Louis Calhern

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Louis Calhern
Louis Calhern in Woman Wanted trailer.jpg
from the trailer for Woman Wanted (1935)
Born Carl Henry Vogt
(1895-02-19)February 19, 1895
Brooklyn, New York, U.S.
Died May 12, 1956(1956-05-12) (aged 61)
Tokyo, Japan
Occupation Actor
Years active 1921-1956
Spouse(s) Ilka Chase (1900-1978)
(m.1926-1927; divorced)
Julia Hoyt (1897-1955)
(m.1927-1932; divorced)
Natalie Schafer (1900-1991)
(m.1933-1942; divorced)
Marianne Stewart (1922-1992)
(m.1946-1955; divorced)
Louis Calhern and Claire Windsor in "The Blot" (Lois Weber Productions, 1921).

Louis Calhern, born Carl Henry Vogt, (February 19, 1895 – May 12, 1956) was an American stage and screen actor.[1] For portraying Oliver Wendell Holmes in The Magnificent Yankee (1950), he was nominated for the Academy Award for Best Actor.

Early life[edit]

Calhern was born in Brooklyn, New York, the son of Eugene Adolf Vogt and Hubertina Friese Vogt, both of whom were natives of Germany. He had one sibling, a sister.[2] His father was a tobacco dealer.[3] His family left New York while he was still a child and moved to St. Louis, Missouri, where he grew up. While Calhern was playing high school football, a stage manager from a touring theatrical stock company spotted him, and hired him as a bit player. (Another source says, "Grace George hired his St. Louis high school football team as supers for a Shakespearean play.")[3]

Stage[edit]

Just prior to World War I, Calhern decided to move back to New York to pursue an acting career. He began as a prop boy and bit player with touring companies and burlesque companies. He became a matinee idol by virtue of a play titled Cobra

Calhern's Broadway credits include Roger Bloomer (1923), The Song and Dance Man (1923-1924), Cobra (1924), In a Garden (1925-1926), Hedda Gabler (1926), The Woman Disputed (1926-1927), Up the Line (1926), The Dark (1927), Savages Under the Skin (1927), A Distant Drum (1928), Gypsy (1929), The Love Duel (1929), The Rhapsody (1930), The Tyrant (1930), Give Me Yesterday (1931), Brief Moment (1931-1932), The Inside Story (1932), Birthday (1934-1935), Hell Freezes Over (1935-1936), Robin Landing (1937), Summer Night (1939), The Great Big Doorstep (1942), Jacobowsky and the Colonel (1944-1945), The Magnificent Yankee (1946), The Survivors (1948), The Play's the Thing (1948), King Lear (1950-1951), and The Wooden Dish (1955).[4]

Military service[edit]

Calhern's burgeoning career was interrupted by the war, and he served overseas in the 143rd Field Artillery of the United States Army during World War I.[5]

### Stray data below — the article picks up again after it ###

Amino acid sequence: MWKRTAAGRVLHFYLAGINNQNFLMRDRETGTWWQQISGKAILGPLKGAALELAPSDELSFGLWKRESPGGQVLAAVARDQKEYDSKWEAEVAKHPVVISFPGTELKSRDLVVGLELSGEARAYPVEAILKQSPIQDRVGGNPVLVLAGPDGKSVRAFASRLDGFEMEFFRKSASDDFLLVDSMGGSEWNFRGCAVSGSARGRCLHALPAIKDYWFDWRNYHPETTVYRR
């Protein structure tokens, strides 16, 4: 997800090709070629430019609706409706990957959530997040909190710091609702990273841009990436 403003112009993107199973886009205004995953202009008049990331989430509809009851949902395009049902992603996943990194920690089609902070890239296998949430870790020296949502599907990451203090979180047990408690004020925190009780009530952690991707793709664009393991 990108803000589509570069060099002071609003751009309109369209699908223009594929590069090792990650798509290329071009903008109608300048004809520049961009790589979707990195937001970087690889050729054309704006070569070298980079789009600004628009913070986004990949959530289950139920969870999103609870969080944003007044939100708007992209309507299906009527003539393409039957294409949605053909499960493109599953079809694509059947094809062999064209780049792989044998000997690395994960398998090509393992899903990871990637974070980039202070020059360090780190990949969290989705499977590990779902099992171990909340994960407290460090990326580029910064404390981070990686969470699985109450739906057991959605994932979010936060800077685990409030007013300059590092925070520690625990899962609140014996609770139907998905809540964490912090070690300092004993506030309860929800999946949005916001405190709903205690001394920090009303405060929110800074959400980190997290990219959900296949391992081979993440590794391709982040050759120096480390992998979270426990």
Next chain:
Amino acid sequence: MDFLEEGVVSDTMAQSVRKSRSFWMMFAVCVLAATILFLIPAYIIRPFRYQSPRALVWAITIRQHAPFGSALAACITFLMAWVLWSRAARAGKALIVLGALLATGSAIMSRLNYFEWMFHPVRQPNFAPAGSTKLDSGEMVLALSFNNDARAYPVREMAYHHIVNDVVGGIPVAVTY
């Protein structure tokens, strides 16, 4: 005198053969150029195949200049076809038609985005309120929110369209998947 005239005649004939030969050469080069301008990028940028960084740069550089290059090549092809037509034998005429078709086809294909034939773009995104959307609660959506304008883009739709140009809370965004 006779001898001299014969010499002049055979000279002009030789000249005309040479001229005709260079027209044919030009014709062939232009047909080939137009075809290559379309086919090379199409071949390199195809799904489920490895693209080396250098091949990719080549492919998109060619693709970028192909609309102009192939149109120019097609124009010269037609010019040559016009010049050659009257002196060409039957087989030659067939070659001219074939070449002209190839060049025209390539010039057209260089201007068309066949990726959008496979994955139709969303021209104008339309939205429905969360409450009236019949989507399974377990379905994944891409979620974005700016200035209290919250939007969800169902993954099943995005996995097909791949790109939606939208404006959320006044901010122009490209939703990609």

Film[edit]

Calhern started working in silent films for director Lois Weber in the early 1920s; the most notable being The Blot in 1921. A 1921 newspaper article commented, "The new arrival in stardom is Louis Calhern, who, until Miss Weber engaged him to enact the leading male role in What's Worth While?, had been playing leads in the Morosco Stock company of Los Angeles."[6]

In 1923 he left the movies, but would return to the screen eight years later after the advent of sound pictures. He was primarily cast as a character actor in films while he continued to play leading roles on the stage. He reached his peak in the 1950s as a Metro-Goldwyn-Mayer contract player. Among his most memorable screen roles were Ambassador Trentino in the Marx Brothers classic Duck Soup (1933) and three that he appeared in at MGM in 1950: a singing one as Buffalo Bill in the film version of Annie Get Your Gun, the double-crossing lawyer and sugar-daddy to Marilyn Monroe in John Huston's The Asphalt Jungle, and his Oscar-nominated role as Oliver Wendell Holmes in The Magnificent Yankee (re-creating his stage role). He was also praised for his portrayal of the title role in Joseph L. Mankiewicz's film Julius Caesar in 1953 (adapted from Shakespeare's play).

He also played the grandfather in The Red Pony (1949), adapted from the novel by John Steinbeck and starring Robert Mitchum, and the spy boss of Cary Grant in the Alfred Hitchcock suspense classic Notorious (1946). A performance as Uncle Willie in High Society (1956), a musical remake of The Philadelphia Story, turned out to be his final film.

Marriages[edit]

Calhern was married four times. First, to Ilka Chase from 1926 to 1927, then to Julia Hoyt from 1927 to 1932, and then to Natalie Schafer from 1933 to 1942, and Marianne Stewart from 1946 to 1955. All four marriages ended in divorce.

Death[edit]

Calhern died of a sudden heart attack in Nara, Japan, while filming The Teahouse of the August Moon.[7] He was replaced in the film by Paul Ford, who had played Calhern's role in the original stage version. By an odd coincidence, when playing Buffalo Bill in Annie Get Your Gun, Calhern had replaced Frank Morgan, who had died of a sudden heart attack during the making of that film. Calhern is interred at Hollywood Forever Cemetery.

Broadway[edit]

Partial filmography[edit]

References[edit]

  1. ^ Obituary Variety, May 16, 1956.
  2. ^ Dennis, Ken (Summer 2011). "Louis Clhern: Distinguished Gentleman". Films of the Golden Age (65): 58–68. 
  3. ^ a b "Greetings". Mexico Evening Ledger. Mexico, Missouri. February 18, 1952. p. 6. Retrieved February 13, 2016 – via Newspapers.com.  open access publication - free to read
  4. ^ "Louis Calhern". Playbill Vault. Retrieved 13 February 2016. 
  5. ^ "Actor Favors Showing German War Pictures". The Gazette Times. Pittsburgh, Pennsylvania. June 12, 1921. p. 44. Retrieved February 13, 2016 – via Newspapers.com.  open access publication - free to read
  6. ^ "Star Studies". Oregon, Portland. The Oregon Daily Journal. January 16, 1921. p. 44. Retrieved February 13, 2016 – via Newspapers.com.  open access publication - free to read
  7. ^ Katz, Ephraim (1979). The Film Encyclopedia: The Most Comprehensive Encyclopedia of World Cinema in a Single Volume. Perigee Books. ISBN 0-399-50601-2. P. 195

External links[edit]